I was wrong. Having, in 2014, held Canadian singer/songwriter and guitarist Bruce Cockburn hostage in Berkeley’s Hillside Club during a nearly two-hour interview, previewed/attended his last Bay Area appearance in 2019, twice read cover-to-cover his 530-page memoir and found myself in a forever relationship with a Cockburn fan who, upon realizing he lacked one of the multi-award-winning artist’s 34 albums, was visibly distraught—I’d thought I’d heard every Cockburn story and tune there was to hear.
I told myself I’d tickled out the whys and wherefores behind poetic lyrics written with monk-like sparseness and music that embraces folk, jazz, blues, rock, world beat, Renaissance, Romantic and 21st-century classical-music styles. His work speaks to universal themes related to family, love, self-determination, spirituality and faith. I was “insider” enough to know Cockburn has, for five decades, been active and sings in bold protest to human-rights violations worldwide that include indigenous land exploitation, ecological devastation, corporate crimes, nuclear buildup, geopolitical and military conflicts, war and more. His albums have decorated Cockburn with 13 JUNO wins, two Hall of Fame inductions, multiple honorary Doctorates, positions such as Officer of The Order of Canada and a recent induction into Canada’s Walk of Fame.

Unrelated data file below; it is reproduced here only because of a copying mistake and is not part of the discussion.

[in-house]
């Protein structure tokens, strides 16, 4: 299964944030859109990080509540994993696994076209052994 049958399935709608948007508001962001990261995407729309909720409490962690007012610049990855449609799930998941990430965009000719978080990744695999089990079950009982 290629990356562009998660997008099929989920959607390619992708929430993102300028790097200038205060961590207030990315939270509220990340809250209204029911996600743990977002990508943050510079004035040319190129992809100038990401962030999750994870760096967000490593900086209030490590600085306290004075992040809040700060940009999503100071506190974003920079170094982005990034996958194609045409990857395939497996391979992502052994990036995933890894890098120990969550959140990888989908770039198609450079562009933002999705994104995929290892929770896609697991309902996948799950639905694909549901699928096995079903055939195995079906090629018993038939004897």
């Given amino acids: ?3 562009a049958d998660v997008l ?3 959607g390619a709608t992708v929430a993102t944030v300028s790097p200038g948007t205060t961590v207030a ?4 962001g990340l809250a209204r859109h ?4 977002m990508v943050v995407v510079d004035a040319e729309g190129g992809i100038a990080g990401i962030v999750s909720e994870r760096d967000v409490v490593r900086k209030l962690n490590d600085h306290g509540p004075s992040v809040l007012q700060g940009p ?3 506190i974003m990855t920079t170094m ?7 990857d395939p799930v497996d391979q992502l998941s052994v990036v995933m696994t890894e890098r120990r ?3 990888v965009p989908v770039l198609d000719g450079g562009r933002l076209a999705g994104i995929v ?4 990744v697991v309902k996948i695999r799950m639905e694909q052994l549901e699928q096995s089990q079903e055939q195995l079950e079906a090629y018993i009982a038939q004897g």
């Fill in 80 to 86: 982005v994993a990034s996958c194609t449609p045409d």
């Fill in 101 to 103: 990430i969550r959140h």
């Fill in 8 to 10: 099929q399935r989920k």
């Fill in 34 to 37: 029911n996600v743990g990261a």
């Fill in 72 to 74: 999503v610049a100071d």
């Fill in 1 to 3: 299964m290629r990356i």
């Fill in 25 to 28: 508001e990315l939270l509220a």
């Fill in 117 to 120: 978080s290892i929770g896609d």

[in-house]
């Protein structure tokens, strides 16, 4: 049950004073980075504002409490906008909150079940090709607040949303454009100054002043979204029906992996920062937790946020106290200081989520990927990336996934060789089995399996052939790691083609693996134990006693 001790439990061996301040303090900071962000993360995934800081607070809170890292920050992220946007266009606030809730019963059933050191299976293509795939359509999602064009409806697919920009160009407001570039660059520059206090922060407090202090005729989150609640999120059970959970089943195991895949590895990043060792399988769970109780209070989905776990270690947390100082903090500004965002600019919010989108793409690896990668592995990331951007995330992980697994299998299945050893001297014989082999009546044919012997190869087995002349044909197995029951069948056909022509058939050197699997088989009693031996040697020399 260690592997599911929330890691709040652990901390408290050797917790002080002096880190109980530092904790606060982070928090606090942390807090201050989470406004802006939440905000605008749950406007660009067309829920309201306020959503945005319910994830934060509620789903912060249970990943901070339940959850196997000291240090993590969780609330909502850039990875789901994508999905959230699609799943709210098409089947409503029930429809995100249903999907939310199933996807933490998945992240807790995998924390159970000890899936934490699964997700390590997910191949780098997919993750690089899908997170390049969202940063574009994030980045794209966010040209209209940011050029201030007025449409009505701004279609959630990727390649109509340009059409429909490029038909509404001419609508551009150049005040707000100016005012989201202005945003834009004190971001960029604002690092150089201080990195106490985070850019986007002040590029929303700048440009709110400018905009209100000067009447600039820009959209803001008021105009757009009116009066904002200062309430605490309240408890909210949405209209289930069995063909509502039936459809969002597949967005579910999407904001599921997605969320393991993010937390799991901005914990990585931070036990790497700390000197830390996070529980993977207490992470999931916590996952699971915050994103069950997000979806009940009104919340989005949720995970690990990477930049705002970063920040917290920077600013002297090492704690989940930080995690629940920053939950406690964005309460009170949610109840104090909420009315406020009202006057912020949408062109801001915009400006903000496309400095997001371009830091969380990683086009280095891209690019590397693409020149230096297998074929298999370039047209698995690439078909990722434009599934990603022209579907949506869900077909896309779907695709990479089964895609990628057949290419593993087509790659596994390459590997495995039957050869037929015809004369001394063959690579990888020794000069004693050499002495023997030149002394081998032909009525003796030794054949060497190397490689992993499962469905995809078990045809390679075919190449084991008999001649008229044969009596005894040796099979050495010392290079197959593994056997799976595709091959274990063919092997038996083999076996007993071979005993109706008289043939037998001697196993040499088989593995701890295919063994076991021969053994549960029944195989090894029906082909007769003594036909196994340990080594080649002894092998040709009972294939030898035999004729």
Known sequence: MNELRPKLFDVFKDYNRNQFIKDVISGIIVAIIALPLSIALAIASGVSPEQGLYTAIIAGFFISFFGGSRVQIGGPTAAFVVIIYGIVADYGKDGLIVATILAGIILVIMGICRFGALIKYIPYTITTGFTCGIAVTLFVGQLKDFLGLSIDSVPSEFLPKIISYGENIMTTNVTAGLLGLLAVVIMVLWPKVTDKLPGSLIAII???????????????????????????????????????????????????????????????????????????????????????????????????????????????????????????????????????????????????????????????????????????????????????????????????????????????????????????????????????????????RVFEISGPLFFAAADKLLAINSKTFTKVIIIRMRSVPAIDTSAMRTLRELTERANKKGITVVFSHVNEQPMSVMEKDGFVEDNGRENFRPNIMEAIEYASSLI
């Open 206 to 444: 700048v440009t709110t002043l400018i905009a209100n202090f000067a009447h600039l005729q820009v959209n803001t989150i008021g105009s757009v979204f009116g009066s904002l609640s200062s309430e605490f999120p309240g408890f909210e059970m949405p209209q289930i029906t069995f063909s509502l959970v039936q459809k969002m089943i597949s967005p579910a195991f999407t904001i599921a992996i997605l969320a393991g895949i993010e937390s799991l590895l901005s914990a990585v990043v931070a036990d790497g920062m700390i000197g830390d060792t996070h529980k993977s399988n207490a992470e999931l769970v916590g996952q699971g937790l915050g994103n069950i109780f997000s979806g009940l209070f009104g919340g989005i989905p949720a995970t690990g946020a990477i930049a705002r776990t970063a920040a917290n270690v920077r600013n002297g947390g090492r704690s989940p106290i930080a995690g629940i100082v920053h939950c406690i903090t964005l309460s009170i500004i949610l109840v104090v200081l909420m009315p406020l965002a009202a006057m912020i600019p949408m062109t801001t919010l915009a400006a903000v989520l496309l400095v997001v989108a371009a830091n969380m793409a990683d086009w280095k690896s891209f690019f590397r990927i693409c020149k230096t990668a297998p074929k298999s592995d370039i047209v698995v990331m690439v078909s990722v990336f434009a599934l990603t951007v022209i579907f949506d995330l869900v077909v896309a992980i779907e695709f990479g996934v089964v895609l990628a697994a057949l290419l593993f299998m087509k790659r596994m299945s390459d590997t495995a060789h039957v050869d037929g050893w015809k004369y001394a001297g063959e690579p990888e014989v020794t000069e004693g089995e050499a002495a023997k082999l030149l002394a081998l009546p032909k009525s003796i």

So, on the occasion of his Dec. 3 double-album release of Bruce Cockburn – Greatest Hits (1970–2020), and in anticipation of his “second attempt” North American 50th Anniversary Concert Tour that was originally stalled by Covid-19 and includes live appearances in two shows Dec. 9-10 at Berkeley’s Freight & Salvage, it was natural to expect mere updates and well-trodden repeats.
Instead, in response to a question about experiences that most shook him up or tilted his career and altered or affirmed his relationship to poetry, words and songwriting, Bay Area–based Cockburn tells me a brand-spanking-new story about his dad. The near-tears choking sound that enters his throat fleetingly at the very end of the story is pure Cockburn: it’s a sonority that’s not performative, overly sentimental or self-indulgent. It’s the real deal, expressed in language composed with raw sounds and abstract symbols, but deeply human, like his music.